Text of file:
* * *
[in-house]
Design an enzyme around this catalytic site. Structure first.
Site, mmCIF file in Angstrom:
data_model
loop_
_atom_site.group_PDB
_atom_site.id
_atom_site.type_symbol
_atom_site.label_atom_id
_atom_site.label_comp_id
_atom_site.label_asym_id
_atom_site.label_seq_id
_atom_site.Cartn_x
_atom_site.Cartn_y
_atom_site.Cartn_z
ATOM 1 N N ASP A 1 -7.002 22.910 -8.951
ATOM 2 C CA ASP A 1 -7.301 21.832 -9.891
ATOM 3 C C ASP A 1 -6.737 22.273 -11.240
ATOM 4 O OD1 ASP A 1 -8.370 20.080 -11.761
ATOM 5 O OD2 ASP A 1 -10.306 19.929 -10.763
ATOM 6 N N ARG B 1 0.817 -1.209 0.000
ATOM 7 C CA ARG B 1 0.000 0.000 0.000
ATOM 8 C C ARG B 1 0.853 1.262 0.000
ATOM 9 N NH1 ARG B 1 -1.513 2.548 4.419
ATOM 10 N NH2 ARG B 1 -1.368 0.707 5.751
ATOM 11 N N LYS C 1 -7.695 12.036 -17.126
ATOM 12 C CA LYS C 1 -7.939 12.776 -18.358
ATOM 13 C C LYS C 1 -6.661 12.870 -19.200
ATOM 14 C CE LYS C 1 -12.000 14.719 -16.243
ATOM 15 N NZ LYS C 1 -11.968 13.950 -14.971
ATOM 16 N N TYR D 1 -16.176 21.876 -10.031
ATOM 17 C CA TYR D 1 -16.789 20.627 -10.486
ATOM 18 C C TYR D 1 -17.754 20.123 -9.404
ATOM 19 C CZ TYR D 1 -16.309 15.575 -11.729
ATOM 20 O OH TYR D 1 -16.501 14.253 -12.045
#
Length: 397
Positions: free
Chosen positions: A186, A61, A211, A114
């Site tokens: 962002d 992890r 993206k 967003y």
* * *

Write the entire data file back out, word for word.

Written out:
[in-house]
Design an enzyme around this catalytic site. Structure first.
Site, mmCIF file in Angstrom:
data_model
loop_
_atom_site.group_PDB
_atom_site.id
_atom_site.type_symbol
_atom_site.label_atom_id
_atom_site.label_comp_id
_atom_site.label_asym_id
_atom_site.label_seq_id
_atom_site.Cartn_x
_atom_site.Cartn_y
_atom_site.Cartn_z
ATOM 1 N N ASP A 1 -7.002 22.910 -8.951
ATOM 2 C CA ASP A 1 -7.301 21.832 -9.891
ATOM 3 C C ASP A 1 -6.737 22.273 -11.240
ATOM 4 O OD1 ASP A 1 -8.370 20.080 -11.761
ATOM 5 O OD2 ASP A 1 -10.306 19.929 -10.763
ATOM 6 N N ARG B 1 0.817 -1.209 0.000
ATOM 7 C CA ARG B 1 0.000 0.000 0.000
ATOM 8 C C ARG B 1 0.853 1.262 0.000
ATOM 9 N NH1 ARG B 1 -1.513 2.548 4.419
ATOM 10 N NH2 ARG B 1 -1.368 0.707 5.751
ATOM 11 N N LYS C 1 -7.695 12.036 -17.126
ATOM 12 C CA LYS C 1 -7.939 12.776 -18.358
ATOM 13 C C LYS C 1 -6.661 12.870 -19.200
ATOM 14 C CE LYS C 1 -12.000 14.719 -16.243
ATOM 15 N NZ LYS C 1 -11.968 13.950 -14.971
ATOM 16 N N TYR D 1 -16.176 21.876 -10.031
ATOM 17 C CA TYR D 1 -16.789 20.627 -10.486
ATOM 18 C C TYR D 1 -17.754 20.123 -9.404
ATOM 19 C CZ TYR D 1 -16.309 15.575 -11.729
ATOM 20 O OH TYR D 1 -16.501 14.253 -12.045
#
Length: 397
Positions: free
Chosen positions: A186, A61, A211, A114
């Site tokens: 962002d 992890r 993206k 967003y």